A horror film from a similar stable as The Wicker Man (and, to use a lesser example, the underrated Black Death), in the sense that it's more an examination of the religious mindset than a traditional scare-fest. It revolves around a puritan family in 17th Century New England struggling to make a living having been banished from their settlement; yet facing levels of adversity that they struggle to reconcile with their ultra-piety. Also, there may be a Witch lurking in the woods...
There's no jump scares here, little gore, and the supernatural aspect is very much open to interpretation. What we have instead is a chilling period piece that slowly builds tension as we watch a vulnerable family tear themselves apart through grief, paranoia and superstition. It's a psychological horror through and through, and for me that's often the best kind. Ralph Ineson (yep, Finchy from The Office) and Kate Dickey (Game of Thrones) are very solid in their roles; the child performances are variable although the actor playing Caleb gets a great scene; but Anna Taylor-Joy (Morgan) is superb and perfectly cast as Thomasin; the character with the most powerful arc. I can see a bright future for her in particular.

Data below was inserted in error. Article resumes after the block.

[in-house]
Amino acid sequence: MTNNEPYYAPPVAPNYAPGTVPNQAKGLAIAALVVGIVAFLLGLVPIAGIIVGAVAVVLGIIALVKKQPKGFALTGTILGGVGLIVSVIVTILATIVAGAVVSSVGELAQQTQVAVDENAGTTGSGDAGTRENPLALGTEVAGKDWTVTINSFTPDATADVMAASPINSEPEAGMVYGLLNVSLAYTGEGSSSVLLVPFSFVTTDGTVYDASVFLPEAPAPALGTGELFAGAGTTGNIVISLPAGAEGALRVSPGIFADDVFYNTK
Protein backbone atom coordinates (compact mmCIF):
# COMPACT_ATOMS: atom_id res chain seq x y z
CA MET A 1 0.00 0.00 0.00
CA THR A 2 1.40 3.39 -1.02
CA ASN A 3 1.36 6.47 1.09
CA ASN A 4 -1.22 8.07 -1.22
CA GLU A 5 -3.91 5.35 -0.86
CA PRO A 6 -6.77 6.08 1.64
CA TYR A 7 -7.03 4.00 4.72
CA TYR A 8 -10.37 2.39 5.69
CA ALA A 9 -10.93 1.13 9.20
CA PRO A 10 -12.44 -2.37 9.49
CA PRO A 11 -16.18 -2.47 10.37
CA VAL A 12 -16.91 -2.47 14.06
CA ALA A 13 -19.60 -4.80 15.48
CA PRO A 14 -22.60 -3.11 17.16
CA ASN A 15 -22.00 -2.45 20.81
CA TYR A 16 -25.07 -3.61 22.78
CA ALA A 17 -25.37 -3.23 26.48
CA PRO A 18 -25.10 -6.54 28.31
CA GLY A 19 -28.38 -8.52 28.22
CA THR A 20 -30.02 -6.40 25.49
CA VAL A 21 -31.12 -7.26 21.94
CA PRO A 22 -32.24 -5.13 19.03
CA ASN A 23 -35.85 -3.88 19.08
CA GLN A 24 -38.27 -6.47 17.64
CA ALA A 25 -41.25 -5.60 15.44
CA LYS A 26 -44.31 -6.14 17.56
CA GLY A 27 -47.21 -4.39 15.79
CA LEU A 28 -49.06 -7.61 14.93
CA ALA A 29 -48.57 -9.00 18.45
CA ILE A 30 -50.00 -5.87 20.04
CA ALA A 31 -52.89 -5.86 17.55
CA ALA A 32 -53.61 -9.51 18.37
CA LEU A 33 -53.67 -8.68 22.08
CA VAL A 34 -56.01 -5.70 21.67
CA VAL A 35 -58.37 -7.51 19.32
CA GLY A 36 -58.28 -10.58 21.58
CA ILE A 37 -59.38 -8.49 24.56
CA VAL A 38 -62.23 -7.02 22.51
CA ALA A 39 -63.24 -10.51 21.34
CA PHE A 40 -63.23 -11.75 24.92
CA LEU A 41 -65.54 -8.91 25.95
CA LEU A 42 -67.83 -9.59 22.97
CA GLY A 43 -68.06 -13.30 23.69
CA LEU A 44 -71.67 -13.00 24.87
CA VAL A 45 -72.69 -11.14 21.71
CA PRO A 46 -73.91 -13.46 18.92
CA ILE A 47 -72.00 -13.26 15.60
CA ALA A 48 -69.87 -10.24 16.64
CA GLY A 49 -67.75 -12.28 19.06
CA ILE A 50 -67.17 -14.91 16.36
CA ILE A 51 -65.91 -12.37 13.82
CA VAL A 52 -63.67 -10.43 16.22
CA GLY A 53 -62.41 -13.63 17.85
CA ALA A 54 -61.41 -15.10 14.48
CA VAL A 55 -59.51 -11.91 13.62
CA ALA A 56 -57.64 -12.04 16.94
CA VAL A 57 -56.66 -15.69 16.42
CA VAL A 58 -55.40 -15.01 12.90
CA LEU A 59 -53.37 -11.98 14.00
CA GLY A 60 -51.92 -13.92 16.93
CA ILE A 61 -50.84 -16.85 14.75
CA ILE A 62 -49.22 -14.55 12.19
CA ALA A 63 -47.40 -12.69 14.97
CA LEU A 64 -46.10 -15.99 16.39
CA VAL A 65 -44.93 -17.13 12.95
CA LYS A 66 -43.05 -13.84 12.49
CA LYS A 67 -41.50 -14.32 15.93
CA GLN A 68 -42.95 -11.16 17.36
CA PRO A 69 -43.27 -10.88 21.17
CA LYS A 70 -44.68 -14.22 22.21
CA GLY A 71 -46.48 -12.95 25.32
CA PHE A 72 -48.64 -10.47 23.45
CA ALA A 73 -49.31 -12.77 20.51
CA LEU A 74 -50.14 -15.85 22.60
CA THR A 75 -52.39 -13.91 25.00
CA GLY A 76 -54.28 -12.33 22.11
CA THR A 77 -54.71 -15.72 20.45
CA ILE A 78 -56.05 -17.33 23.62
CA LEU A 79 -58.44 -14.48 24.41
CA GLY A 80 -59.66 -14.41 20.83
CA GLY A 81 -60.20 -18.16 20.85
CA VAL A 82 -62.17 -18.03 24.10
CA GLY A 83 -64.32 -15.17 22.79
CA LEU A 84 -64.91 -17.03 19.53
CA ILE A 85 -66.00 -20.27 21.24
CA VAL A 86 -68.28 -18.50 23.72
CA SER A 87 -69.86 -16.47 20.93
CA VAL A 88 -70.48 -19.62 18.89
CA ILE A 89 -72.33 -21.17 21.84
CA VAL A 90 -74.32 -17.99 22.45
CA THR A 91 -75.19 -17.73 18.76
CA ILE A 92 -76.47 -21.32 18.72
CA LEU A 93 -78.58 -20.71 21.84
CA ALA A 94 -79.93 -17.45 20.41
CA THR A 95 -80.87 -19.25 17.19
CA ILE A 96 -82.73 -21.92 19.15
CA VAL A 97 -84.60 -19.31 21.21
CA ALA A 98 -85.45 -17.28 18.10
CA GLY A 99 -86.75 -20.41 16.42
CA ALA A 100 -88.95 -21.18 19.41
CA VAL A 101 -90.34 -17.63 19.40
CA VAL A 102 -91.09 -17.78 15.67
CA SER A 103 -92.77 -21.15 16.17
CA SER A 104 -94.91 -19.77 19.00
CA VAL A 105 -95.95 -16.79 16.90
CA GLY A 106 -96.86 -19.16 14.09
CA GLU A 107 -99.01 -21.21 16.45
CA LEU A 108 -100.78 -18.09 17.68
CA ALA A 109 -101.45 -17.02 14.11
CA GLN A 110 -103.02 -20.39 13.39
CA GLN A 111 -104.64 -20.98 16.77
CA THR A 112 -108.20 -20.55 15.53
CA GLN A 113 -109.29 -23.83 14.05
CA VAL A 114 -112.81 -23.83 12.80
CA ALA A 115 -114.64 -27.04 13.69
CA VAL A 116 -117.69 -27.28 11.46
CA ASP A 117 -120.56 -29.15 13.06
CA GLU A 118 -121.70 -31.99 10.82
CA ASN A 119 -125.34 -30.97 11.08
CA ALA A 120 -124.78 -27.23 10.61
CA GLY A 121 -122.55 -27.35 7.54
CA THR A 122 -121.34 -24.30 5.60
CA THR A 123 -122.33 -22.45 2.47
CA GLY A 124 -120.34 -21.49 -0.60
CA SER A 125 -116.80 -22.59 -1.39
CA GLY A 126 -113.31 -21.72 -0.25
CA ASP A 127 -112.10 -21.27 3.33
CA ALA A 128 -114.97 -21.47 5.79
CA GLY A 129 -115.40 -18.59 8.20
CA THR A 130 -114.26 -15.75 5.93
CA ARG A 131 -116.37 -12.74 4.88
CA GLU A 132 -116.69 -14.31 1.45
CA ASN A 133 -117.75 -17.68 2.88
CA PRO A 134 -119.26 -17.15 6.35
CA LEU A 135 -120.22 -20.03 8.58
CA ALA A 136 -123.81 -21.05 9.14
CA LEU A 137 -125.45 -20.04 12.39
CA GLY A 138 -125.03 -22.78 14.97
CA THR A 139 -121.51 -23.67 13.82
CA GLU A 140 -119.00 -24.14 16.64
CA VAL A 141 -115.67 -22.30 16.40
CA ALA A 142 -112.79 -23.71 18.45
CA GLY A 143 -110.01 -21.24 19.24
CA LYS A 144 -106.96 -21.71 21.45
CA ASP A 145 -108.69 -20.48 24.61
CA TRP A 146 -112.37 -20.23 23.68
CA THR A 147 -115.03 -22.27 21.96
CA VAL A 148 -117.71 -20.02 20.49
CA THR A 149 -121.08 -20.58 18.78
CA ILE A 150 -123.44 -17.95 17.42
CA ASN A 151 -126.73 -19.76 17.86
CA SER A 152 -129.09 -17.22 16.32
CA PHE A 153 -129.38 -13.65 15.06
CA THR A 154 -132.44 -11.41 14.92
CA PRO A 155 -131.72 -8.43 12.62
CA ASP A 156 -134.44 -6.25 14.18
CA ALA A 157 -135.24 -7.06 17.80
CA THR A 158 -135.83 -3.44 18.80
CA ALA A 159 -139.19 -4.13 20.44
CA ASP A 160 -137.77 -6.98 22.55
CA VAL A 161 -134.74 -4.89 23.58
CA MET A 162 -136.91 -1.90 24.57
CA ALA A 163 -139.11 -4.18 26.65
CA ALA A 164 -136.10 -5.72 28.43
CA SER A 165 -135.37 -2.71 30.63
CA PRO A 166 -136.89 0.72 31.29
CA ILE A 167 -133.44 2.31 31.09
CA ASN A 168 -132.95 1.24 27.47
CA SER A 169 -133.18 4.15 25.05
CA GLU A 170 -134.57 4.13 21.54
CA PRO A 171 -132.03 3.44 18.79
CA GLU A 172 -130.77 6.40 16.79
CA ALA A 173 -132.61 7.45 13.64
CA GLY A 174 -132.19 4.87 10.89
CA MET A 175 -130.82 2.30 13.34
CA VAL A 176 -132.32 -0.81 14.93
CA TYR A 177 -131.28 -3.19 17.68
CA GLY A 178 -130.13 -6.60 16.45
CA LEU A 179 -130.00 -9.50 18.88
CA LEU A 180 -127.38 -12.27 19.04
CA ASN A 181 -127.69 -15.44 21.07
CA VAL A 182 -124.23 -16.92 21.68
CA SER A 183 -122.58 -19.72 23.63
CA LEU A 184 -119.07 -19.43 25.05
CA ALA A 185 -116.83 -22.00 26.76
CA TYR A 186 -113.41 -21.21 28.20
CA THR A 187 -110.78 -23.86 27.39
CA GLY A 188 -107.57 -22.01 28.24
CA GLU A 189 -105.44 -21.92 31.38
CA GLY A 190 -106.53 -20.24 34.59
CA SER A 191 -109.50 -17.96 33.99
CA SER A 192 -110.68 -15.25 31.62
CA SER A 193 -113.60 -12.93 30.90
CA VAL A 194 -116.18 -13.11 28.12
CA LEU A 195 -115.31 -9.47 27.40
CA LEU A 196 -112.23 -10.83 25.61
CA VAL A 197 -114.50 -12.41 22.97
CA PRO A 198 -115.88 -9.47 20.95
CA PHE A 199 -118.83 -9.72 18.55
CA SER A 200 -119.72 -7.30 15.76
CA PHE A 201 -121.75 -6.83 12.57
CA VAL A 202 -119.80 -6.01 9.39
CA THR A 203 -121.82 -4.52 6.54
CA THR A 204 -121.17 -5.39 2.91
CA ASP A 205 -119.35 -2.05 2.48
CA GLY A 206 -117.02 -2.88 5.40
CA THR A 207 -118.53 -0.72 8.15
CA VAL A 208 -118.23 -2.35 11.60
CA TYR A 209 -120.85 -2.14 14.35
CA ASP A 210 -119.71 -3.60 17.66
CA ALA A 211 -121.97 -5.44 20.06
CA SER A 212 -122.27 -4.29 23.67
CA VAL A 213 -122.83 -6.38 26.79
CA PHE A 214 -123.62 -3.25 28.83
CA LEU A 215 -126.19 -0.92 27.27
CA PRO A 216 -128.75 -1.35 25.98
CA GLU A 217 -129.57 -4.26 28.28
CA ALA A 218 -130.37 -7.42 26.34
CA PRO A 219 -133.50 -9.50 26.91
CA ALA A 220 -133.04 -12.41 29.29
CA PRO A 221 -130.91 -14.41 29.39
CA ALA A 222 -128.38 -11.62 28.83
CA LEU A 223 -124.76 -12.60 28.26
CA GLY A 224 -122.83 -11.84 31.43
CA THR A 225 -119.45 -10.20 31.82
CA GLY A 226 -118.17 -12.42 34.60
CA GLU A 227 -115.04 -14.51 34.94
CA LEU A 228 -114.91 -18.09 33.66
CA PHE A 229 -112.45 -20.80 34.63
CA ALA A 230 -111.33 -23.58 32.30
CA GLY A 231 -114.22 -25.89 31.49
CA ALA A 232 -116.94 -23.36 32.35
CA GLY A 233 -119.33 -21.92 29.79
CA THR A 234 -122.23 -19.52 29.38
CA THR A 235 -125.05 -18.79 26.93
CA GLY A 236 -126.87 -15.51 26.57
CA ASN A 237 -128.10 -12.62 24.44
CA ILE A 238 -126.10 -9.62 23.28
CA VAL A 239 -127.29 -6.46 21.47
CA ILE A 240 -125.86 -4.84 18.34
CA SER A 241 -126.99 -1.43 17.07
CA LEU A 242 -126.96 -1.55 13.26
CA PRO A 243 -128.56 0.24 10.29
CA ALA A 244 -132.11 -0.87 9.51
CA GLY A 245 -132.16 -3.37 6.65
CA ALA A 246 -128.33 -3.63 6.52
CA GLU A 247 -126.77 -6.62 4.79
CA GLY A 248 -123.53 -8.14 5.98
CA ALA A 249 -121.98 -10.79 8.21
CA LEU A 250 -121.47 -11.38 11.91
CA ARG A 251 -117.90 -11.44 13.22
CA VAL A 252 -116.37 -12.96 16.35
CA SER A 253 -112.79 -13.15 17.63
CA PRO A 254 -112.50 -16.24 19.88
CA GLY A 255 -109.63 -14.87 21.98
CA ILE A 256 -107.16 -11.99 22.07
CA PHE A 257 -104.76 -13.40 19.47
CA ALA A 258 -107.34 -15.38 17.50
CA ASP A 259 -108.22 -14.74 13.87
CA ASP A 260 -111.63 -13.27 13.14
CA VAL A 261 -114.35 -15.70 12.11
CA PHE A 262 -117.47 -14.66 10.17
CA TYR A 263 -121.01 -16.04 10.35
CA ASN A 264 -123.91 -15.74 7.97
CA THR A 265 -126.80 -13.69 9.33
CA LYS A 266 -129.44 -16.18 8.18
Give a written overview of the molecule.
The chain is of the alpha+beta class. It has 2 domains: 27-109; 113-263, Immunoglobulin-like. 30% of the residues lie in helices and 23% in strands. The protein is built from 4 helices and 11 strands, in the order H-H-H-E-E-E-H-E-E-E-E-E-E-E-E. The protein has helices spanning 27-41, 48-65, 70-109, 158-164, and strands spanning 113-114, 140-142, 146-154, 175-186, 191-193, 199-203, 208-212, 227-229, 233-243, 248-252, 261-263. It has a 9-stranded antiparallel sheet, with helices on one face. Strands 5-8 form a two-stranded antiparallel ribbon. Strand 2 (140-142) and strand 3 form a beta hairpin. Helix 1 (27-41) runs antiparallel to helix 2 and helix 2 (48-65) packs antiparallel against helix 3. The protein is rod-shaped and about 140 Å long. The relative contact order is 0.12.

Director Robert Eggers has done a great job on his first film, with superb attention to period detail, not least the authentic old-English script, and creating atmosphere. The colour palette is appropriately drab and grey, and the aspect ratio heightened for its woodland setting.
A word too about Mark Korven's score, which is horribly unsettling and reminiscent (in a good way) of 2001.
The ending, while potentially polarising, is excellent and the film overall, as mentioned, is wide open to tantalising interpretation. Highly recommended.